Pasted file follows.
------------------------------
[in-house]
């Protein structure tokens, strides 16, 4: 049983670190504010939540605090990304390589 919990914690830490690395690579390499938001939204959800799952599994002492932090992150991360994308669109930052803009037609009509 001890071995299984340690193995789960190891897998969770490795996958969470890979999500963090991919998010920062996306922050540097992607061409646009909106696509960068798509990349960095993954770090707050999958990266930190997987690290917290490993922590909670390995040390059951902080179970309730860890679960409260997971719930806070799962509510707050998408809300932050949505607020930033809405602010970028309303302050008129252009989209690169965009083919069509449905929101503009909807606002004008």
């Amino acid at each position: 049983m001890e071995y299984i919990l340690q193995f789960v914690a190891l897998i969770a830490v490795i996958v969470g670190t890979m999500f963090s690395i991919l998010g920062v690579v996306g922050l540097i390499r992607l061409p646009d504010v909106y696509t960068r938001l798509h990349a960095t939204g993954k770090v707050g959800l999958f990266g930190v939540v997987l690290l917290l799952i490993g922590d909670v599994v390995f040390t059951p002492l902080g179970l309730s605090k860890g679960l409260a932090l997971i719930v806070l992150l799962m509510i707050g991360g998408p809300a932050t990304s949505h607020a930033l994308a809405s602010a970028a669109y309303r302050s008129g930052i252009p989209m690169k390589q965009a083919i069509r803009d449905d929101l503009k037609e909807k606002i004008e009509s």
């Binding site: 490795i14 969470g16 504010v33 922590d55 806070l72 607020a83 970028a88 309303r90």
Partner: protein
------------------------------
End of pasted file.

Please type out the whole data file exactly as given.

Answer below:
[in-house]
């Protein structure tokens, strides 16, 4: 049983670190504010939540605090990304390589 919990914690830490690395690579390499938001939204959800799952599994002492932090992150991360994308669109930052803009037609009509 001890071995299984340690193995789960190891897998969770490795996958969470890979999500963090991919998010920062996306922050540097992607061409646009909106696509960068798509990349960095993954770090707050999958990266930190997987690290917290490993922590909670390995040390059951902080179970309730860890679960409260997971719930806070799962509510707050998408809300932050949505607020930033809405602010970028309303302050008129252009989209690169965009083919069509449905929101503009909807606002004008």
């Amino acid at each position: 049983m001890e071995y299984i919990l340690q193995f789960v914690a190891l897998i969770a830490v490795i996958v969470g670190t890979m999500f963090s690395i991919l998010g920062v690579v996306g922050l540097i390499r992607l061409p646009d504010v909106y696509t960068r938001l798509h990349a960095t939204g993954k770090v707050g959800l999958f990266g930190v939540v997987l690290l917290l799952i490993g922590d909670v599994v390995f040390t059951p002492l902080g179970l309730s605090k860890g679960l409260a932090l997971i719930v806070l992150l799962m509510i707050g991360g998408p809300a932050t990304s949505h607020a930033l994308a809405s602010a970028a669109y309303r302050s008129g930052i252009p989209m690169k390589q965009a083919i069509r803009d449905d929101l503009k037609e909807k606002i004008e009509s």
């Binding site: 490795i14 969470g16 504010v33 922590d55 806070l72 607020a83 970028a88 309303r90």
Partner: protein